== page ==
Editorial: Smoke ’em if you got ’em

When marijuana becomes legal, residents of Esquimalt can be confident that the naval ship pulling into their harbour won’t be steered by a sailor with one hand on the wheel and the other clutching a joint.

As the Oct. 17 date for legalization approaches, the Canadian Armed Forces is adapting its regulations to balance members’ rights with the obvious risks of putting expensive, lethal hardware in the hands of people who are high. Senior officers have had to reassure Canada’s closest allies that the country’s new pot regime won’t impair the military’s ability to do its job.

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One obvious restriction is to prohibit marijuana on all aircraft and ships. It also won’t be permitted on any overseas missions or training. All personnel must abstain for eight hours before going on duty.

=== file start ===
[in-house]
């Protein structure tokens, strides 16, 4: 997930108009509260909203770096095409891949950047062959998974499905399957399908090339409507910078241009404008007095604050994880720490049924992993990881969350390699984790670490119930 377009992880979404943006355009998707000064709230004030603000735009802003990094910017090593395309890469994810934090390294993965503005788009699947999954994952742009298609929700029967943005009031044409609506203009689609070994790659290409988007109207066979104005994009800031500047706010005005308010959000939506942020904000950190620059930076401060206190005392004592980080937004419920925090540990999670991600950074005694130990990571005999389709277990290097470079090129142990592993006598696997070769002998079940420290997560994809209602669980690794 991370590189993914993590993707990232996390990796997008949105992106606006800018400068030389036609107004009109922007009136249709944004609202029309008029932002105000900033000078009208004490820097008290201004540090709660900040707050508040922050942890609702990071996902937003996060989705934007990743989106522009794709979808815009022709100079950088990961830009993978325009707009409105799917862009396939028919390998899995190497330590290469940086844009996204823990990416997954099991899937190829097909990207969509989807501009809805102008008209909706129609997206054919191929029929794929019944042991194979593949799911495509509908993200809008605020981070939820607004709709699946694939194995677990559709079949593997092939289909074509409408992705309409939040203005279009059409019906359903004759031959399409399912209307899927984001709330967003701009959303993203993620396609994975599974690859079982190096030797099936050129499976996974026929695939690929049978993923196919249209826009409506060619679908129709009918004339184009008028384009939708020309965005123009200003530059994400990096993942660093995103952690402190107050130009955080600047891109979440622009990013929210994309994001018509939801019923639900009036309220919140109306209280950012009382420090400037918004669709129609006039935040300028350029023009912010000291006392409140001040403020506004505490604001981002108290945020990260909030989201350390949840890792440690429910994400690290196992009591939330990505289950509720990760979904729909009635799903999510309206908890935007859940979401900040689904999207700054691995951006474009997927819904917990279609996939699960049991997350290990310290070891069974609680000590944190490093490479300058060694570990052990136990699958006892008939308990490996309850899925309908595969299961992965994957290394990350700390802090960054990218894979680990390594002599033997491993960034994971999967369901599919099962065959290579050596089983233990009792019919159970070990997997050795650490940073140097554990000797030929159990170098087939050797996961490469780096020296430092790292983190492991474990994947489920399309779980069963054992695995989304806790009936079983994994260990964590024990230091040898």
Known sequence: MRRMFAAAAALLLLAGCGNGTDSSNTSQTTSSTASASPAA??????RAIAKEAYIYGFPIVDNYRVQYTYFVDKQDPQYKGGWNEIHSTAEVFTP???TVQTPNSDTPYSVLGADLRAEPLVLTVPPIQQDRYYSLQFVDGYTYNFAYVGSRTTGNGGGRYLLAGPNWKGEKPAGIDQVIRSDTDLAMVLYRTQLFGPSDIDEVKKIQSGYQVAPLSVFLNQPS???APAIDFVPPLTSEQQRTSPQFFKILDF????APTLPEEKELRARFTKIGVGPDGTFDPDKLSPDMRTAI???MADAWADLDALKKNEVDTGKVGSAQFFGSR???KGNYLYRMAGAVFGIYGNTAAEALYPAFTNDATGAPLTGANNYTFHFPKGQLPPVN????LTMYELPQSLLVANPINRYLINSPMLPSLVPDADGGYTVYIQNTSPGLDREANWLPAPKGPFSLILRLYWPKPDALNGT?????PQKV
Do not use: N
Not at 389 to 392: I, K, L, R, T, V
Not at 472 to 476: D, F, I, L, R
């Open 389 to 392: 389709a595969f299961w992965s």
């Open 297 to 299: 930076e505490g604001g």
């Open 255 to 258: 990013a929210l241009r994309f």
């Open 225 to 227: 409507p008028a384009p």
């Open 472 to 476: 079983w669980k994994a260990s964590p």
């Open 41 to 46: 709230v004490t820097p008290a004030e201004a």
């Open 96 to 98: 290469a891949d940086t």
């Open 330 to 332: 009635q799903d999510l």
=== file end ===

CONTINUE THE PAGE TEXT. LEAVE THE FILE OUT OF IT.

Some jobs and responsibilities will include prohibitions, and commanders can ask for further restrictions if their units need them.

While all this might seem unnecessarily complex in an organization that is no stranger to alcohol, the military has to take a cautious approach. The new policy includes an automatic 12-month review, so the brass can see how it is working.

Some longtime commanders think it won’t work at all. They don’t want their troops to touch the stuff, but in most cases, it won’t be up to them.

As with police forces and employers of all kinds, fashioning rules around legalizing pot will create headaches that even the biggest doobie won’t soothe.

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